Today, 60 years on, Guinness World Records - as it was renamed in 2001 when it was finally sold by the brewery - continues to top the best-sellers lists. In 1974, it overtook Dr Benjamin Spock's Baby and Child Care as the biggest selling copyrighted title of all time, and it remains the world's best-selling annual book, with accumulated sales to date of more than 132 million copies.
The Writing the Future report puts a figure on this lack of cultural diversity, estimating that ethnic representation within the publishing industry is just eight percent. Another key statistic highlighted in the report regards UK literary festivals; at Edinburgh, Cheltenham and Hay festivals, a measly four percent of the programme was made up of UK Black and Asian writers.
You may have a hundred thousand words of great content, but you may end up stripping away half of that content to preserve your best posts. It is worth thinking about whether you want a literal version of your blogs in book format or whether you can do more with the text when planning how it might be read on the page.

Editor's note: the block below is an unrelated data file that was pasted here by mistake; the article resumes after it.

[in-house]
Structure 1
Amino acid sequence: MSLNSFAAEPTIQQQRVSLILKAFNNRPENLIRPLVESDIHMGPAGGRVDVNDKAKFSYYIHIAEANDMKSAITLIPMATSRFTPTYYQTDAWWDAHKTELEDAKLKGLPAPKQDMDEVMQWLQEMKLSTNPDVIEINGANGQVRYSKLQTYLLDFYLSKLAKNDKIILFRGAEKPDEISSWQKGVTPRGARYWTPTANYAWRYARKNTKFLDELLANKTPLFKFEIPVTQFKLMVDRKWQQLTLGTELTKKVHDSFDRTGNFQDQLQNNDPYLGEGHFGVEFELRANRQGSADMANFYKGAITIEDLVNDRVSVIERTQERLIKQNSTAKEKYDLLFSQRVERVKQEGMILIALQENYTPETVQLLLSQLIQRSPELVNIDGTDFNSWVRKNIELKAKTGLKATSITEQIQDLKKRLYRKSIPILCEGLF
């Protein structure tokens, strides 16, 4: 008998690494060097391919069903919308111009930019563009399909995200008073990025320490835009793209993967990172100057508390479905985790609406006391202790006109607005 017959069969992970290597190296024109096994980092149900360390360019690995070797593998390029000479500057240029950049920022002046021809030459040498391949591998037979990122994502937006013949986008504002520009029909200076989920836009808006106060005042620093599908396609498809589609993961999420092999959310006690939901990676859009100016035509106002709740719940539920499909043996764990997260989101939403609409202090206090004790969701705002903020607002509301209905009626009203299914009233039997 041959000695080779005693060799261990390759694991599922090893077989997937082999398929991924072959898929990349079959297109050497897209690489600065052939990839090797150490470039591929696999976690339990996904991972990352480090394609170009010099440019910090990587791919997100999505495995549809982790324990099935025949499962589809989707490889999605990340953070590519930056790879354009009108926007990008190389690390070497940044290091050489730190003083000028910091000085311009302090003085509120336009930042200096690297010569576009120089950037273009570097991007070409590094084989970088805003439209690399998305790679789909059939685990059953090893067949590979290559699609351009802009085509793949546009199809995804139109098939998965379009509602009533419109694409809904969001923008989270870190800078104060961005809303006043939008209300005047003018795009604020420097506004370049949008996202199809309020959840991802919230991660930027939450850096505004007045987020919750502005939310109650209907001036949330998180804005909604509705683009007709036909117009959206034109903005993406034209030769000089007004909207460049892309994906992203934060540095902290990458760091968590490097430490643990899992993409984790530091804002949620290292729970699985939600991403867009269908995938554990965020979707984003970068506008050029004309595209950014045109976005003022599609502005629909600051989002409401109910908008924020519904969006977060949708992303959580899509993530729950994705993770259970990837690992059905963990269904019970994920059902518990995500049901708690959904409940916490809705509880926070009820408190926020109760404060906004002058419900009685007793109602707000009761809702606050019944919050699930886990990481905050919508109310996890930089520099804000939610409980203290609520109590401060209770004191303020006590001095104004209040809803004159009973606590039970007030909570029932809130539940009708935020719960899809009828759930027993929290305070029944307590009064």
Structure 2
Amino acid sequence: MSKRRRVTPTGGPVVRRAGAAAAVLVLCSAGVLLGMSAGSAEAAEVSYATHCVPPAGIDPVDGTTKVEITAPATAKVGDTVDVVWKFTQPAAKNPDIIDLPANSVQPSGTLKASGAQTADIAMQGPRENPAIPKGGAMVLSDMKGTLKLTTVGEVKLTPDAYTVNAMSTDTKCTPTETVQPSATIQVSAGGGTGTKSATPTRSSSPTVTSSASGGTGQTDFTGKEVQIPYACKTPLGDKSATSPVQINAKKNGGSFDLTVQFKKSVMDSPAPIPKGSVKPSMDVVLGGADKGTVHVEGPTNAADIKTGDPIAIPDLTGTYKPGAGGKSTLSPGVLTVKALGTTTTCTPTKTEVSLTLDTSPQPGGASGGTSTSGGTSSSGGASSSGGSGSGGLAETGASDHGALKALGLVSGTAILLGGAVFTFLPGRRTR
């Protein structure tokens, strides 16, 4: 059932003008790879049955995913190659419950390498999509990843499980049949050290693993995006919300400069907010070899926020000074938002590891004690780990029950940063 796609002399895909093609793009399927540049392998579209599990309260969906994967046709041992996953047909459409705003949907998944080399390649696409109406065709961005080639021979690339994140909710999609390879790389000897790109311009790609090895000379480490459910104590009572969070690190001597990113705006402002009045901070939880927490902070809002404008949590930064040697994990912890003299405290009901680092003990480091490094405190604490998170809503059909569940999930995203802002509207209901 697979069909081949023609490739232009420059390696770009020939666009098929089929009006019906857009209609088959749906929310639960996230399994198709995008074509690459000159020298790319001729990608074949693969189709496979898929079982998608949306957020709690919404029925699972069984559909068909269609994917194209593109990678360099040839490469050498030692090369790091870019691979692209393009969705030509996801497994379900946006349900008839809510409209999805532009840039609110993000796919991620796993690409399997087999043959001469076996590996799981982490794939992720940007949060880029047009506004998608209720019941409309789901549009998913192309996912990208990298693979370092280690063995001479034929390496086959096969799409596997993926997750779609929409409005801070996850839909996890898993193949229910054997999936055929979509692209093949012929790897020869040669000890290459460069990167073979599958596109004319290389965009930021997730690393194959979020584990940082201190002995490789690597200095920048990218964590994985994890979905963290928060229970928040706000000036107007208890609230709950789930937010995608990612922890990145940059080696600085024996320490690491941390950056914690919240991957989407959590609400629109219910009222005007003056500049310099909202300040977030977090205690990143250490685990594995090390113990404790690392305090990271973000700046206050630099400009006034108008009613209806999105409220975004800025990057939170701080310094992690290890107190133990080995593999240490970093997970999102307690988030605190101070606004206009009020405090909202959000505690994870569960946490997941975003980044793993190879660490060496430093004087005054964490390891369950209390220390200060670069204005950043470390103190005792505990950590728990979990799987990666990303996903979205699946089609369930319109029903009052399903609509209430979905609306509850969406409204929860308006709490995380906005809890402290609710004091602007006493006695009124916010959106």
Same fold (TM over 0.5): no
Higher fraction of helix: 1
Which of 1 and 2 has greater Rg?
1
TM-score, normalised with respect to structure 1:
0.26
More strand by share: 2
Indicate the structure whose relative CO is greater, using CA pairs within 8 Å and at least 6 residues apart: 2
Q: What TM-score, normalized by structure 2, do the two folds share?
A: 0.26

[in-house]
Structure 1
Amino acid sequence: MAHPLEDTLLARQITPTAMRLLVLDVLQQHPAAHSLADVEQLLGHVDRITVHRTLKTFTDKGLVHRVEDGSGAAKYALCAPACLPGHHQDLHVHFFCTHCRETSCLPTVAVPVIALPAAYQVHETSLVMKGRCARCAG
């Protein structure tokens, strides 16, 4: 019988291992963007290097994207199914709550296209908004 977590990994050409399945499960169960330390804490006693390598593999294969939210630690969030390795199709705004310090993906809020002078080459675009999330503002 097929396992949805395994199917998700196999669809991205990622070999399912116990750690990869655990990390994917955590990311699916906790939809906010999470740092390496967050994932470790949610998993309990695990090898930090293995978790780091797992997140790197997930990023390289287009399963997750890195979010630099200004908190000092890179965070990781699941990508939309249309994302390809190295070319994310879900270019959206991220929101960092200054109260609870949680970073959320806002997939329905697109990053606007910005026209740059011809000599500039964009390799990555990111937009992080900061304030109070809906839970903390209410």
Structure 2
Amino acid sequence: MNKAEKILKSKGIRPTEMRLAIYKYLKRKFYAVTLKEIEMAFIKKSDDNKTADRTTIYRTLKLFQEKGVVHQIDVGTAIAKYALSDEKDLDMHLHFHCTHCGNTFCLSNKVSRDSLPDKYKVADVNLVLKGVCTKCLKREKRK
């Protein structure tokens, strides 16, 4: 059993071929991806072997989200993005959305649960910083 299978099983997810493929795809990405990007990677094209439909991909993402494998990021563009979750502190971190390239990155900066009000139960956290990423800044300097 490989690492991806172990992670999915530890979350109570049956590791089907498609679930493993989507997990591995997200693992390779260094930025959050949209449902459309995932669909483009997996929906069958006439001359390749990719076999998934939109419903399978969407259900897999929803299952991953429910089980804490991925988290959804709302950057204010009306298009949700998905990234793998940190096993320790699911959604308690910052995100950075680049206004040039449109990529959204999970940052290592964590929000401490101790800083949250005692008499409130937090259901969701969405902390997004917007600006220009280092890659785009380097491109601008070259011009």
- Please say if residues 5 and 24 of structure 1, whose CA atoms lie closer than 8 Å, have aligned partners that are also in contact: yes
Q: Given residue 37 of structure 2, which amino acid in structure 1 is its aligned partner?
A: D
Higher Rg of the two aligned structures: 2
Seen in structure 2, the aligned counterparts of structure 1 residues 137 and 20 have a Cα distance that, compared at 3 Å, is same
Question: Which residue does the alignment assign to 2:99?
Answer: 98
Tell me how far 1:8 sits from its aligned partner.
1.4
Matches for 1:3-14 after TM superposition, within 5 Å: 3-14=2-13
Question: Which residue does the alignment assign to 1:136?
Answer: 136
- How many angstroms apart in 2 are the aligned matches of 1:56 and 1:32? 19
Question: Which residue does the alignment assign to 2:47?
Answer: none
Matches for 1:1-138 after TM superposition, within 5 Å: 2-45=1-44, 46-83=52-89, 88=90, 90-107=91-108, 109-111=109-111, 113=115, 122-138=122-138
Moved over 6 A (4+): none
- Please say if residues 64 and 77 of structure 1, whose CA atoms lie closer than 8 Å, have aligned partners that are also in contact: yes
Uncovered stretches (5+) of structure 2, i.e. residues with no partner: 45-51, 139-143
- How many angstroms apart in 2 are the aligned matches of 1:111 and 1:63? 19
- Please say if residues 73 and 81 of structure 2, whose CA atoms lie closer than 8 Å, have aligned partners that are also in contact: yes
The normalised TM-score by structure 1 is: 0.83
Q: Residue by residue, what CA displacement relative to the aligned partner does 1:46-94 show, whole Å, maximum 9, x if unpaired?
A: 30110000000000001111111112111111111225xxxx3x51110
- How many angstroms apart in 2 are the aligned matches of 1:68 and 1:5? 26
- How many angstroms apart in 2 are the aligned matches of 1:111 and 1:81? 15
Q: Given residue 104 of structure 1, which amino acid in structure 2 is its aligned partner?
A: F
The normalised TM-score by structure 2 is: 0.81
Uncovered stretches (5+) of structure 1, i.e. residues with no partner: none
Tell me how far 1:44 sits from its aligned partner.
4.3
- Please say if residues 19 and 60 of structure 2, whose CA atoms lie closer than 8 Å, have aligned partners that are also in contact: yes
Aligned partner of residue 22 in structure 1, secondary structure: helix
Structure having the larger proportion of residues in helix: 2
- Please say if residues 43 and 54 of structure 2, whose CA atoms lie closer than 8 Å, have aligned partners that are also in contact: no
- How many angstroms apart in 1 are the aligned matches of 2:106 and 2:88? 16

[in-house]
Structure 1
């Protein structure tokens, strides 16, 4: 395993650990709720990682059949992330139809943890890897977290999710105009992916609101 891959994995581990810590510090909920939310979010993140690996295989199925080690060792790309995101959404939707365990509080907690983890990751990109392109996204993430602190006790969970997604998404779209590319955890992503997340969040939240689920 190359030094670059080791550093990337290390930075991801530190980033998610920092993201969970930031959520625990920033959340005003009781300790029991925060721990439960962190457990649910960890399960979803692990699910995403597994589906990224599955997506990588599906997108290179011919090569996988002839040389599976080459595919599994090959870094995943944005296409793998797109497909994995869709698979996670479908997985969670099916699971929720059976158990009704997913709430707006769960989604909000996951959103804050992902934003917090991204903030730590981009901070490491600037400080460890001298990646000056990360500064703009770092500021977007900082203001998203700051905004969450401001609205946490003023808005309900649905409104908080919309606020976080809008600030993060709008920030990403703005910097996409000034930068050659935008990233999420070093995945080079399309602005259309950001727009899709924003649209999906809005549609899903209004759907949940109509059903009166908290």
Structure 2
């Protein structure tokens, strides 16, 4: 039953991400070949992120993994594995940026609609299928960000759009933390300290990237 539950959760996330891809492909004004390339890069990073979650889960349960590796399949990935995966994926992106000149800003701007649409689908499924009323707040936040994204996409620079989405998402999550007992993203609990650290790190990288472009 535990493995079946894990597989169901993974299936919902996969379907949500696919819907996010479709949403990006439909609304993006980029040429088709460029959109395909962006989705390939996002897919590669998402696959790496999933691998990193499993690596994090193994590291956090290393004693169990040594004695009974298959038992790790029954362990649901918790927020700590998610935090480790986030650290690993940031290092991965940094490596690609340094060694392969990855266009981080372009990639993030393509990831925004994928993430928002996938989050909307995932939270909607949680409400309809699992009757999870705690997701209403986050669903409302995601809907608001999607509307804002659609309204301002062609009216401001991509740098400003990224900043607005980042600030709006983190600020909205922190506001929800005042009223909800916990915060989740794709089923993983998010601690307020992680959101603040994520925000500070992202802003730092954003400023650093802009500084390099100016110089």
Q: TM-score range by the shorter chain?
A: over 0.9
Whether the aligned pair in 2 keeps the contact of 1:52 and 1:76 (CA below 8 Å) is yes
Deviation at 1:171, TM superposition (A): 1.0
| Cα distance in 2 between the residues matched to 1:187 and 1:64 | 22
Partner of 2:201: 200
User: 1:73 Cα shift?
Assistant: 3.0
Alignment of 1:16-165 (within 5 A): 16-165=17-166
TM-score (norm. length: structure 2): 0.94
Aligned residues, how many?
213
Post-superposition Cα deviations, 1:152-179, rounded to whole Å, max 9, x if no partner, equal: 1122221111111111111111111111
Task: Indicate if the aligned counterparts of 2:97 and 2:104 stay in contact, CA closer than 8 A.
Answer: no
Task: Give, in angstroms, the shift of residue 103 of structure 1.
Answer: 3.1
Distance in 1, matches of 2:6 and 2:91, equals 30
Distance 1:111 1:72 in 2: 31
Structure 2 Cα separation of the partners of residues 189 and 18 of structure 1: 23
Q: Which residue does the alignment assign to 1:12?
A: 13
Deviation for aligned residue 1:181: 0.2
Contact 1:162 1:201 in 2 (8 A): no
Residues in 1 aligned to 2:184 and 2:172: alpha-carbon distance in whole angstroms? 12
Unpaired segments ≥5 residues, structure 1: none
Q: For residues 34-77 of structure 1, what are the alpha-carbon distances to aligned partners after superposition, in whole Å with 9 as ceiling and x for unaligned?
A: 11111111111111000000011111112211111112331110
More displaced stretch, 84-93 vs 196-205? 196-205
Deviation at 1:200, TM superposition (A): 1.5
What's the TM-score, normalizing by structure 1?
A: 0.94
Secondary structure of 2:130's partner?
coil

So here I am, no longer in the world of generous advances. My book will have to work quite hard to earn its keep. But at least it's out there. Amazon is criticised for undermining bookshops. But if more novels see the light of day and more readers get to read them, that surely has to be a good thing, doesn't it?
I'd never wanted anything like I wanted to be a writer. I remember spending whole days sitting around and moping about how I'd never be good enough/would never manage it/would never get to be an actual writer. I realise now that this was somewhat pathetic... but it did half lead to some very vague experiences of publishers before the competition.
Times are changing. Self-publishing is no longer 'vanity publishing' - a vaguely embarrassing exercise in assuaging one's writerly ambitions by paying large sums of money for a small run of leather-bound copies of a book - but a very real and increasingly credible alternative to mainstream publishing.
Self-publishing is a double-edged sword because, whilst it provides people with a direct route to market, some of the cheaper, automated publishers offer their services to absolutely anyone, regardless of the quality and presentation of the written work. This is where the problem lies, as it's not the content or the idea of self-published books that often lets it down, but the delivery...